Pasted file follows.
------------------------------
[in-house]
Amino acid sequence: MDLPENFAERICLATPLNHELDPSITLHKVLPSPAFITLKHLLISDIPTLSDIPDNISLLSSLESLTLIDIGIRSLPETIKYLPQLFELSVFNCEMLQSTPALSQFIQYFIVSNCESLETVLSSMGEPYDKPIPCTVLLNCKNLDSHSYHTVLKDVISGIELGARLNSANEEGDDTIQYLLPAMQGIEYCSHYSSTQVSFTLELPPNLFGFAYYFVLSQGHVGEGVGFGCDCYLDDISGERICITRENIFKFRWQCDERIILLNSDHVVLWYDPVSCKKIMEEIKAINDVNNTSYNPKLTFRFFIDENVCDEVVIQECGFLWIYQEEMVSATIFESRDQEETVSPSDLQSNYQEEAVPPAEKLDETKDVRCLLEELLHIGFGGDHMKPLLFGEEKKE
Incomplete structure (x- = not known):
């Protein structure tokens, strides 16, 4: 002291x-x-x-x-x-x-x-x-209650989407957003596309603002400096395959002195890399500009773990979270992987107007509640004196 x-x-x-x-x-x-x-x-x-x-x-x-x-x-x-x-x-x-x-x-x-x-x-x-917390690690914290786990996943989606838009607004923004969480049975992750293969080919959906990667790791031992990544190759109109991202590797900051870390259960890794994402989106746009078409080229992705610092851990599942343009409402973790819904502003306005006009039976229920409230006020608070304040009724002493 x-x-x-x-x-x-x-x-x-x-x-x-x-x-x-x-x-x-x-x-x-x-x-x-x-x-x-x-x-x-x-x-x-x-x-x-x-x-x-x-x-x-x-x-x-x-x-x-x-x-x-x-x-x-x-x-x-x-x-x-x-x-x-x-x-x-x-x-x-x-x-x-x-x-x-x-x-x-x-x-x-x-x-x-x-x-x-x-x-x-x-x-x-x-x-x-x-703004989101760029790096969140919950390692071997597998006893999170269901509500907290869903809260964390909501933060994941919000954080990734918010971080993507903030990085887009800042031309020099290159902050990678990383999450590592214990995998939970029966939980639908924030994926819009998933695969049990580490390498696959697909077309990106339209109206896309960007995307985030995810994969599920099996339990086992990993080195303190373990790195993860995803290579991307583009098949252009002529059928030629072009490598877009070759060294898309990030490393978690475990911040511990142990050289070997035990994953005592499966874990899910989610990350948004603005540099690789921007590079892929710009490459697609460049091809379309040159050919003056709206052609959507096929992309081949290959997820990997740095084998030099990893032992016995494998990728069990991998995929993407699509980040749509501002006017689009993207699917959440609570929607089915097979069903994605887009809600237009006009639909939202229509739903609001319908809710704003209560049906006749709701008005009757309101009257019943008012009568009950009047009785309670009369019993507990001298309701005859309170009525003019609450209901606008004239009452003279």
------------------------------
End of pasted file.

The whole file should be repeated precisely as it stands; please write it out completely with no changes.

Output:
[in-house]
Amino acid sequence: MDLPENFAERICLATPLNHELDPSITLHKVLPSPAFITLKHLLISDIPTLSDIPDNISLLSSLESLTLIDIGIRSLPETIKYLPQLFELSVFNCEMLQSTPALSQFIQYFIVSNCESLETVLSSMGEPYDKPIPCTVLLNCKNLDSHSYHTVLKDVISGIELGARLNSANEEGDDTIQYLLPAMQGIEYCSHYSSTQVSFTLELPPNLFGFAYYFVLSQGHVGEGVGFGCDCYLDDISGERICITRENIFKFRWQCDERIILLNSDHVVLWYDPVSCKKIMEEIKAINDVNNTSYNPKLTFRFFIDENVCDEVVIQECGFLWIYQEEMVSATIFESRDQEETVSPSDLQSNYQEEAVPPAEKLDETKDVRCLLEELLHIGFGGDHMKPLLFGEEKKE
Incomplete structure (x- = not known):
């Protein structure tokens, strides 16, 4: 002291x-x-x-x-x-x-x-x-209650989407957003596309603002400096395959002195890399500009773990979270992987107007509640004196 x-x-x-x-x-x-x-x-x-x-x-x-x-x-x-x-x-x-x-x-x-x-x-x-917390690690914290786990996943989606838009607004923004969480049975992750293969080919959906990667790791031992990544190759109109991202590797900051870390259960890794994402989106746009078409080229992705610092851990599942343009409402973790819904502003306005006009039976229920409230006020608070304040009724002493 x-x-x-x-x-x-x-x-x-x-x-x-x-x-x-x-x-x-x-x-x-x-x-x-x-x-x-x-x-x-x-x-x-x-x-x-x-x-x-x-x-x-x-x-x-x-x-x-x-x-x-x-x-x-x-x-x-x-x-x-x-x-x-x-x-x-x-x-x-x-x-x-x-x-x-x-x-x-x-x-x-x-x-x-x-x-x-x-x-x-x-x-x-x-x-x-x-703004989101760029790096969140919950390692071997597998006893999170269901509500907290869903809260964390909501933060994941919000954080990734918010971080993507903030990085887009800042031309020099290159902050990678990383999450590592214990995998939970029966939980639908924030994926819009998933695969049990580490390498696959697909077309990106339209109206896309960007995307985030995810994969599920099996339990086992990993080195303190373990790195993860995803290579991307583009098949252009002529059928030629072009490598877009070759060294898309990030490393978690475990911040511990142990050289070997035990994953005592499966874990899910989610990350948004603005540099690789921007590079892929710009490459697609460049091809379309040159050919003056709206052609959507096929992309081949290959997820990997740095084998030099990893032992016995494998990728069990991998995929993407699509980040749509501002006017689009993207699917959440609570929607089915097979069903994605887009809600237009006009639909939202229509739903609001319908809710704003209560049906006749709701008005009757309101009257019943008012009568009950009047009785309670009369019993507990001298309701005859309170009525003019609450209901606008004239009452003279």